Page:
Love and Lies: And Why You Can't Have One Without the Other by Clancy Martin
|Love and Lies: And Why You Can't Have One Without the Other by Clancy Martin|
|Category: Popular Science|
|Reviewer: Anna Hollingsworth|
|Summary: Clancy Martin, a philosophy professor, self-confessed expert liar, and serial groom, exposes the lies we tell to those we love the most. Love and Lies straddles philosophy, psychology, literary criticism, and autobiography, and is sure to induce some serious self-reflection.|
|Buy? Maybe||Borrow? Yes|
|Pages: 278||Date: January 2016|
Lying is wrong and the last people you would lie to willingly are the ones you love the most – or so you would like to think. In Love and Lies: And Why You Can't Have One Without the Other, Clancy Martin, a philosophy professor, self-confessed expert liar, and serial groom, sets out on a mission to disprove the central beliefs we hold with respect to, no more and no less than, our own morality.
Love and Lies presents a mixture of philosophy, psychology, autobiography, and literary criticism centering on lying, loving, and how these are invariably intertwined. The book begins with a section on the philosophical and as such admittedly theoretical background to lying, and then implements these ideas to different stages and ways of loving in chapters spanning childhood, first loves, erotic love, and marriage. Martin uses real life and fictional examples alike to expose how everyone lies every day, all the time, and especially to those we hold closes to us; most of these may be small and inconsequential lies, but lies nevertheless. How can you promise someone that I will love you forever when no one knows what the future holds? Is I missed you too not the most convenient reply to your significant other returning from a business trip even if you were happy having some alone time?
What Martin truly excels in is to avoid all moralizing – an achievement in itself when the topic itself is so closely tied up with morality. Martin achieves this tour de force of not holding a moral high ground through talking openly (and sometimes perhaps overly explicitly; at times, the reader feels like they are engaged in involuntary voyeurism) about his own loves, love life, and self-acknowledged expertise in lying.
Another instance of scoring a bull's-eye is the notion of 'love' that Martin adopts. Understanding the admittedly elusive concept of 'love' very broadly contributes to the versatility of the discussion: 'love' for Martin does not only encompass romantic love in an erotic sense but also, for example, the love you feel for your family and the all-consuming, yet nearly not always erotic, first love.
Yet what the book gains in maximal versatility it loses in theoretical depth. The initial short history of philosophical approaches to lying falls nothing short of excellent, treating the thoughts of thinkers from Plato to Nietzsche and Kant to Machiavelli with admirable lucidity; however, after this strong start, Martin's firm grasp of the theoretical aspects of love and lies loosens, turning into a slightly too superficial take on popular psychology. This faltering becomes especially clear in the preponderance of controversial theories relating particularly to child psychology. The Freudian school, Oedipal complex, and Melanie Klein's theories of childhood sexuality are referred to excessively, and while these are undeniable interestingly and accessibly presented, a more balanced perspective is called for, especially as the psychoanalytic tradition comes across as much more uncontroversial in Martin's writing than it in reality is.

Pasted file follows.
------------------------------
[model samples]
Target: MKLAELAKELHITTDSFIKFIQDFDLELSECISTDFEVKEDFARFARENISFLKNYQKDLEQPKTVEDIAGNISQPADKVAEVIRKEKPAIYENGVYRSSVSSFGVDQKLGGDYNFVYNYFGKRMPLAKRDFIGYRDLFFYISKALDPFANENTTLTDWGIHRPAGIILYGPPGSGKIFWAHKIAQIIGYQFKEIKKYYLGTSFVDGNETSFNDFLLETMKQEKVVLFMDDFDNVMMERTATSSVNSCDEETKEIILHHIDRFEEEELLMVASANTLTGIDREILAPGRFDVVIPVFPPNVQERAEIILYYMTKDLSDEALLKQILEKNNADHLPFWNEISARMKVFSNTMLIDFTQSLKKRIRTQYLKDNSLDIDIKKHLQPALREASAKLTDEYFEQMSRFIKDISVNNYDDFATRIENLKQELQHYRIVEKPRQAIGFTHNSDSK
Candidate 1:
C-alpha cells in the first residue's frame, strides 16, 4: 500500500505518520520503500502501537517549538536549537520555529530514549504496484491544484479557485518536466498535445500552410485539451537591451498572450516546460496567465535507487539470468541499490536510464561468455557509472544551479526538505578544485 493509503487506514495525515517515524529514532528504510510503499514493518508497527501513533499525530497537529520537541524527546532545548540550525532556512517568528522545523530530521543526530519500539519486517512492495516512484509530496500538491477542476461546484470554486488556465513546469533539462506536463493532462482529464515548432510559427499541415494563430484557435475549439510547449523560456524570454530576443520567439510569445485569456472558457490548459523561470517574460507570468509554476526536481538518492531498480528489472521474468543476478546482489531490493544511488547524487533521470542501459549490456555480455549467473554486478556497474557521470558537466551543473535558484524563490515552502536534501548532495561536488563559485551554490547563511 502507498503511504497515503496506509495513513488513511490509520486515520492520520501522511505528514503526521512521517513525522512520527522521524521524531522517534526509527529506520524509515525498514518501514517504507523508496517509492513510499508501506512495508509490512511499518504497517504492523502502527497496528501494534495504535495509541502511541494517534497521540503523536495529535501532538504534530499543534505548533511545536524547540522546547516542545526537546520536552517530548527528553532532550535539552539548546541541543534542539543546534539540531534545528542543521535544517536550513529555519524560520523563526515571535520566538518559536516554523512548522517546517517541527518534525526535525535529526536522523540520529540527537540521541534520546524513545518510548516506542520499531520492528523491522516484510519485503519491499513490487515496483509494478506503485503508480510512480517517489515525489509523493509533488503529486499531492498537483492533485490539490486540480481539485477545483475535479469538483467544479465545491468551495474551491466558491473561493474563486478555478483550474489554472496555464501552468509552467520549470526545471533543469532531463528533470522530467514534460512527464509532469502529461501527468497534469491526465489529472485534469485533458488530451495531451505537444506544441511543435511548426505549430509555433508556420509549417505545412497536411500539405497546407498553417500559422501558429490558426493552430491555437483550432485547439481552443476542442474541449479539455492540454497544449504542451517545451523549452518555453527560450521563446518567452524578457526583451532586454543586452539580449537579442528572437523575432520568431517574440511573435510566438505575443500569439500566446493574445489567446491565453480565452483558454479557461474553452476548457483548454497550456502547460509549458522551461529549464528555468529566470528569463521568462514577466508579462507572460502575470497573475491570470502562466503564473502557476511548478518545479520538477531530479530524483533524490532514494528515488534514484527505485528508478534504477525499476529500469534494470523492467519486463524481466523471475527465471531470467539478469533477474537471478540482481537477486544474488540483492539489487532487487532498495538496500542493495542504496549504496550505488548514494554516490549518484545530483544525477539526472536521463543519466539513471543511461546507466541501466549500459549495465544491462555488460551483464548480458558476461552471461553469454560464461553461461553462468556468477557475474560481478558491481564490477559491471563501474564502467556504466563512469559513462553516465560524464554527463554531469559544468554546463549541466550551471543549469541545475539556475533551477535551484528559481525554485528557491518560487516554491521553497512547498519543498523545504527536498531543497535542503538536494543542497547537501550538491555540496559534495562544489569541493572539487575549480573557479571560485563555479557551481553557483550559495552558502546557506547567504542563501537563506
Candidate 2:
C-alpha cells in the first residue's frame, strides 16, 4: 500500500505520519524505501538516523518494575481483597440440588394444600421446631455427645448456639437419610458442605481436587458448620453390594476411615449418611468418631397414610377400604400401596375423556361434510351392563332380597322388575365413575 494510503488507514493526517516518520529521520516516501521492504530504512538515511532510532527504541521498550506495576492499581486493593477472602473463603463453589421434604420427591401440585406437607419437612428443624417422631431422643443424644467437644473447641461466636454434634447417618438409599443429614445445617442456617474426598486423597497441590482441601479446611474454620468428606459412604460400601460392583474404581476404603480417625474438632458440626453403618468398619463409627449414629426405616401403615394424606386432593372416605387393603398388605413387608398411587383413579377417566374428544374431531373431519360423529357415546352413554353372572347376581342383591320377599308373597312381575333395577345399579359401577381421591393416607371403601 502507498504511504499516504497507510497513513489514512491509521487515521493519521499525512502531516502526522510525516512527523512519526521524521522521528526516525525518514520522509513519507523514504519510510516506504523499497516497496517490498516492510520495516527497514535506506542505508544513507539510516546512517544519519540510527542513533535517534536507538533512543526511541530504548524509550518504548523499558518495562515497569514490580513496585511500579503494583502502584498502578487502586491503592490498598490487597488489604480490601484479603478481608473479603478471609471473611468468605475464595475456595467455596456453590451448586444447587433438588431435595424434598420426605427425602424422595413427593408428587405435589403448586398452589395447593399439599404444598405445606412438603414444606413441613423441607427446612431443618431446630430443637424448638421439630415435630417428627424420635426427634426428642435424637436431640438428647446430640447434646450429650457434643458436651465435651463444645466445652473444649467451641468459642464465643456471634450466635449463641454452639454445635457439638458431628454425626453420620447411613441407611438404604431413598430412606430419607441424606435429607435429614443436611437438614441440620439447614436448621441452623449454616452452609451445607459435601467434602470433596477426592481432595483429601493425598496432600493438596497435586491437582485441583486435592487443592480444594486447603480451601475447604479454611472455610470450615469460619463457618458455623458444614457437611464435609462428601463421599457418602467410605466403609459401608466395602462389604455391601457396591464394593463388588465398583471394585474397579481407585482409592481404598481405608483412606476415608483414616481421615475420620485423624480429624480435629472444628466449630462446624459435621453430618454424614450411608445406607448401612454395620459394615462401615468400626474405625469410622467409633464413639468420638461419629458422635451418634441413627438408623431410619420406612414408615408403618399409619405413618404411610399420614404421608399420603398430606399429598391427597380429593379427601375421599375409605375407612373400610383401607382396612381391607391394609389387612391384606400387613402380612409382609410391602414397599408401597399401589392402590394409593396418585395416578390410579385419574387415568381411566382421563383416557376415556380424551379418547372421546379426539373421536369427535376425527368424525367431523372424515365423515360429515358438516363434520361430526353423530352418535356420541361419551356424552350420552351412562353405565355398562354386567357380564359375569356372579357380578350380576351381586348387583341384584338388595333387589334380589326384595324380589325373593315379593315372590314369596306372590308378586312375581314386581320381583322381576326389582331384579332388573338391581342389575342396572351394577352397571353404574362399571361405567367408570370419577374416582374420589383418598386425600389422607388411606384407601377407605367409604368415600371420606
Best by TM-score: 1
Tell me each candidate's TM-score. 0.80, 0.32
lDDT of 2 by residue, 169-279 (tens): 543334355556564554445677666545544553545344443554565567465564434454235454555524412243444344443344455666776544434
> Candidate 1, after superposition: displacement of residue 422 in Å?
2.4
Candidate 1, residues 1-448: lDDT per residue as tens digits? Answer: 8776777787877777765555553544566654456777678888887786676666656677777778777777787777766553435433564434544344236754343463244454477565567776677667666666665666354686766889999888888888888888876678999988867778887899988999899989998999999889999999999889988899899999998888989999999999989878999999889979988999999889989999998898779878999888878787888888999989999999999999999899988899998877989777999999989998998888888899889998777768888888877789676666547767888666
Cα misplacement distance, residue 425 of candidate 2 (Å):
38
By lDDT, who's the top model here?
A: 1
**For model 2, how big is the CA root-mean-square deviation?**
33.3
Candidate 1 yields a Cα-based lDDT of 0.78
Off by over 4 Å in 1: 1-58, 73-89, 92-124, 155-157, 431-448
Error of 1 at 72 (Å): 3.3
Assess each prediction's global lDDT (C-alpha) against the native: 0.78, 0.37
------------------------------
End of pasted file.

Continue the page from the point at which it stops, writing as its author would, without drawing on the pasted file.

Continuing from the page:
This sense of unbalance comes through also as a feeling of repetitiveness at times. Especially the chapter on first love is overly long, largely due to presenting and analyzing the first loves of multiple fictional characters. Again, more factual examples would have balanced the otherwise intriguing discussion on what it is to love for the first time. Cutting down on the discussion here would also have spared more space for contemplations on marriage and erotic love – after all, the author claims to be an expert on marriage, having been divorced twice and married thrice.
Love and Lies is an interesting, even eye-opening, read on more than one level – it straddles theory and autobiography, and facts and fiction with admirably dexterity. It does fall short of a sufficient theoretical balance to survive academic scrutiny, but as a popular science book it certainly manages induce some serious self-reflection.
If this book appeals to you, then you might also like to try How To Sell by Clancy Martin.
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You can read more book reviews or buy Love and Lies: And Why You Can't Have One Without the Other by Clancy Martin at Amazon.com.
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